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VAIL – Asked last week at a celebration of a $60 million federal grant for improvements along I-70 on Vail Pass about a long-term solution for Colorado’s chronic transportation infrastructure funding shortages, Sen. Michael Bennet sounded a lot like a man still running for president.
“We’re going to have to have to find a way to pay for it; voters are going to have to decide how to do that,” Bennet said of repeated rejections by Colorado voters of tax increases to pay for upgrading a crumbling highway system. “It’s long overdue with this infrastructure.”
Specifically, Bennet was asked about the estimated $9 billion shortfall the Colorado Department of Transportation often cites just for maintenance and badly needed basic upgrades. He was also asked about CDOT’s oft-cited and alarming statistic that Colorado’s population has increased 53% since 1990 but lane miles for the state’s highway system have increased just 2% since 1990, which also happens to be the year Colorado last upped its gas tax to pay for roads.
“Our parents and grandparents invested in this infrastructure for us. We don’t even have the wherewithal right now to maintain the assets and infrastructure that they were kind enough to build for us, much less build the infrastructure our kids are going to need in the 21st century,” said Bennet, a Democrat who’s been in the Senate since 2009 and ran for president last year.
Bennet, speaking before a small group of Eagle and Summit County mayors and commissioners, then passionately jumped into other areas where he feels Colorado is coming up way short.
“By the way, that’s not the only place where we’re shortchanging the next generation,” said Bennet, the former superintendent of Denver Public Schools. “When you look at our investment in schools today, it’s another example. Colorado – especially rural Colorado – there are a lot of places where we’re paying teachers $33,000 a year. Wyoming’s paying teachers $41,000 a year.
“It’s not sustainable, and at some point we’re going to have to figure out how to generate the revenue to be able to support the things that are critical for us being able to pass this state to the next generation in good shape,” he added. “We have a lot more work to do.”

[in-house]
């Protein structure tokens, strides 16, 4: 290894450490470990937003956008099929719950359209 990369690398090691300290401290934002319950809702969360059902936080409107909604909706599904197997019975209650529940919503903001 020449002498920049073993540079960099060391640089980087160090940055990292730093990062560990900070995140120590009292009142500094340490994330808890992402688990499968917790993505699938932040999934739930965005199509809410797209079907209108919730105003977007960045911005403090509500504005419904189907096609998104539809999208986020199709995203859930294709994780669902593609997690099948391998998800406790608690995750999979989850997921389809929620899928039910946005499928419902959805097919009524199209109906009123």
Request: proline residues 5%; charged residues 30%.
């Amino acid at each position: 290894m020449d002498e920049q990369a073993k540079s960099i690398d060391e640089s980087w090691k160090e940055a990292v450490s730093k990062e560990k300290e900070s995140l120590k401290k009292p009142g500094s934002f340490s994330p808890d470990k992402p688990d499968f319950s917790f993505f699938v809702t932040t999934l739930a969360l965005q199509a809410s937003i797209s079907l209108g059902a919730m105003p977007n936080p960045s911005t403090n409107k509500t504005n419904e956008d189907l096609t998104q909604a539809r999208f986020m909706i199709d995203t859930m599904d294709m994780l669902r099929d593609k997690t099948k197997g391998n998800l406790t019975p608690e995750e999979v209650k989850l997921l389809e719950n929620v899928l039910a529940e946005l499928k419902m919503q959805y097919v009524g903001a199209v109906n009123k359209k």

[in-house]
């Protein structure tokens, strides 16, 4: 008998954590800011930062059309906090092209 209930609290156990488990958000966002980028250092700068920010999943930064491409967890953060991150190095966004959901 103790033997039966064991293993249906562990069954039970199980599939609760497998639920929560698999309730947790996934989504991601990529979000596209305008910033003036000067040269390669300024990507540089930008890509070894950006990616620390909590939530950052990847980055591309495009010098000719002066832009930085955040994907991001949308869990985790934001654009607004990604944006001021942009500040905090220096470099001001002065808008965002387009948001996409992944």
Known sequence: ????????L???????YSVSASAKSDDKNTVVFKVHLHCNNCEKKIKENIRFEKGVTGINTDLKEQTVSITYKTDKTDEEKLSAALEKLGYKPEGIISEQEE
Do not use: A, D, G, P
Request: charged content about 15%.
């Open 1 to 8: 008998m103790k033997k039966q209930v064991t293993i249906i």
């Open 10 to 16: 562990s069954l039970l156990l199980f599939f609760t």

At that point, U.S. Rep. Joe Neguse, also a Democrat, chimed in that the feds should be doing more to help the states.
“Federal resources can be brought to bear if folks in Washington can muster the political will to get it done,” Neguse said. “We passed in the House three months ago a $2 trillion infrastructure plan that would inure to the benefit of Coloradans [in the form of grants for more transportation and other infrastructure projects] …My hope is that we can get that bill done next year in the United States Senate.” GOP Senate Majority Leader Mitch McConnell called the House legislation “pointless.”
Bennet quickly jumped back in on the topic of federal infrastructure spending.
“When you think about the scarcity that we are confronting in terms of resources, it’s worth asking, ‘What are we spending our money on?’ And the answer to that is that for the last 20 years or so we’ve borrowed about $5 trillion from the Chinese to cut taxes for the richest people in America,” Bennet said, looking at the gathered local politicians.
“If any one of these mayors said, ‘I’m going to borrow more money for Vail or Avon than I’ve ever borrowed before,’ and you said, ‘Well, what are you going to spend the money on? Are you spending it on water? No. Are you spending it on infrastructure? No. Are you spending it on schools? No. Open space? No. Affordable housing? No. Mental health? No.’ All of these issues that are so important for these communities, and the answer is ‘No, we’re going to give it to the two richest neighborhoods in town.’ They’d be run out on a rail. But that has been the federal tax policy for 25 years and we’ve got to change it and I think we will and begin to invest in this country again,” Bennet said, pointing out the last decade was the time to do it.
“We’ve had interest rates that have been basically 0% for the last 10 years,” Bennet said. “We should have been borrowing money to invest in infrastructure at 0% interest rates because infrastructure just gets more expensive later if you don’t build it now. I would have been willing to borrow money to do that as opposed to borrowing money to give tax cuts to people that really didn’t need it. Those are the kinds of changes we need to make.”
The signature legislative accomplishment of President Donald Trump’s administration has been the 2017 Tax Cut and Jobs Act, which has been widely criticized for increasing income inequality and ballooning federal deficits. Trump has been promising for nearly four years to deliver an infrastructure package but has yet to produce.
Meanwhile, the United States — in a recent quality of life study on social progress — dropped from 19th in the world in 2011 to 28th in 2020.